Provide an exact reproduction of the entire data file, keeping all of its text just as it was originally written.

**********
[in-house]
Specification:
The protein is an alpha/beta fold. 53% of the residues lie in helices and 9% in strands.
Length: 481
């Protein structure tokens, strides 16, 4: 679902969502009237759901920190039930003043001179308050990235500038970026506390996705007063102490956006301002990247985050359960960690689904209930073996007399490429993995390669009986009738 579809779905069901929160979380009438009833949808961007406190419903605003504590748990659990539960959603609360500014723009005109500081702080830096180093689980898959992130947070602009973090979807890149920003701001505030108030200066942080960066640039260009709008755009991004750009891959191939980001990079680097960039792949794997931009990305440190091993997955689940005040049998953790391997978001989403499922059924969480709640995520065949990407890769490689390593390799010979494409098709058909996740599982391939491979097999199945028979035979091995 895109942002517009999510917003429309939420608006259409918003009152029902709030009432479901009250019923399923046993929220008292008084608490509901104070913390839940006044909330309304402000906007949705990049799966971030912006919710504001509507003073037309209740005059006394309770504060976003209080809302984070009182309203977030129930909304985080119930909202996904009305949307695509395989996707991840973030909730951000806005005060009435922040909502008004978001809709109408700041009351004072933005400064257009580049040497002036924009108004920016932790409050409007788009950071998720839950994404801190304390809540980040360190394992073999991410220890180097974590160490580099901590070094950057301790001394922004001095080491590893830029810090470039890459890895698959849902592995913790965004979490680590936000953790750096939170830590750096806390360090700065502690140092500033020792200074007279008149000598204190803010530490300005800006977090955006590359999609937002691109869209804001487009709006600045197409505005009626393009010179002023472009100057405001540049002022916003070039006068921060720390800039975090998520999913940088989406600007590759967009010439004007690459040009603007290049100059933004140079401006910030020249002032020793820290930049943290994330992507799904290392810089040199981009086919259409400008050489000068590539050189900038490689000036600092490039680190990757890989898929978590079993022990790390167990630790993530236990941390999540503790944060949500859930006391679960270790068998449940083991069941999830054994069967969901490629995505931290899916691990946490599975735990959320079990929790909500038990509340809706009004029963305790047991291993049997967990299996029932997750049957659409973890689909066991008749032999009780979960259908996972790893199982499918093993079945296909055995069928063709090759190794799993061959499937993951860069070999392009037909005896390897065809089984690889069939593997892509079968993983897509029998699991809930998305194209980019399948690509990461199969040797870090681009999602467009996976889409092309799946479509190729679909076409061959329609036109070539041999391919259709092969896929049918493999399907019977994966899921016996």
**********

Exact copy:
[in-house]
Specification:
The protein is an alpha/beta fold. 53% of the residues lie in helices and 9% in strands.
Length: 481
């Protein structure tokens, strides 16, 4: 679902969502009237759901920190039930003043001179308050990235500038970026506390996705007063102490956006301002990247985050359960960690689904209930073996007399490429993995390669009986009738 579809779905069901929160979380009438009833949808961007406190419903605003504590748990659990539960959603609360500014723009005109500081702080830096180093689980898959992130947070602009973090979807890149920003701001505030108030200066942080960066640039260009709008755009991004750009891959191939980001990079680097960039792949794997931009990305440190091993997955689940005040049998953790391997978001989403499922059924969480709640995520065949990407890769490689390593390799010979494409098709058909996740599982391939491979097999199945028979035979091995 895109942002517009999510917003429309939420608006259409918003009152029902709030009432479901009250019923399923046993929220008292008084608490509901104070913390839940006044909330309304402000906007949705990049799966971030912006919710504001509507003073037309209740005059006394309770504060976003209080809302984070009182309203977030129930909304985080119930909202996904009305949307695509395989996707991840973030909730951000806005005060009435922040909502008004978001809709109408700041009351004072933005400064257009580049040497002036924009108004920016932790409050409007788009950071998720839950994404801190304390809540980040360190394992073999991410220890180097974590160490580099901590070094950057301790001394922004001095080491590893830029810090470039890459890895698959849902592995913790965004979490680590936000953790750096939170830590750096806390360090700065502690140092500033020792200074007279008149000598204190803010530490300005800006977090955006590359999609937002691109869209804001487009709006600045197409505005009626393009010179002023472009100057405001540049002022916003070039006068921060720390800039975090998520999913940088989406600007590759967009010439004007690459040009603007290049100059933004140079401006910030020249002032020793820290930049943290994330992507799904290392810089040199981009086919259409400008050489000068590539050189900038490689000036600092490039680190990757890989898929978590079993022990790390167990630790993530236990941390999540503790944060949500859930006391679960270790068998449940083991069941999830054994069967969901490629995505931290899916691990946490599975735990959320079990929790909500038990509340809706009004029963305790047991291993049997967990299996029932997750049957659409973890689909066991008749032999009780979960259908996972790893199982499918093993079945296909055995069928063709090759190794799993061959499937993951860069070999392009037909005896390897065809089984690889069939593997892509079968993983897509029998699991809930998305194209980019399948690509990461199969040797870090681009999602467009996976889409092309799946479509190729679909076409061959329609036109070539041999391919259709092969896929049918493999399907019977994966899921016996």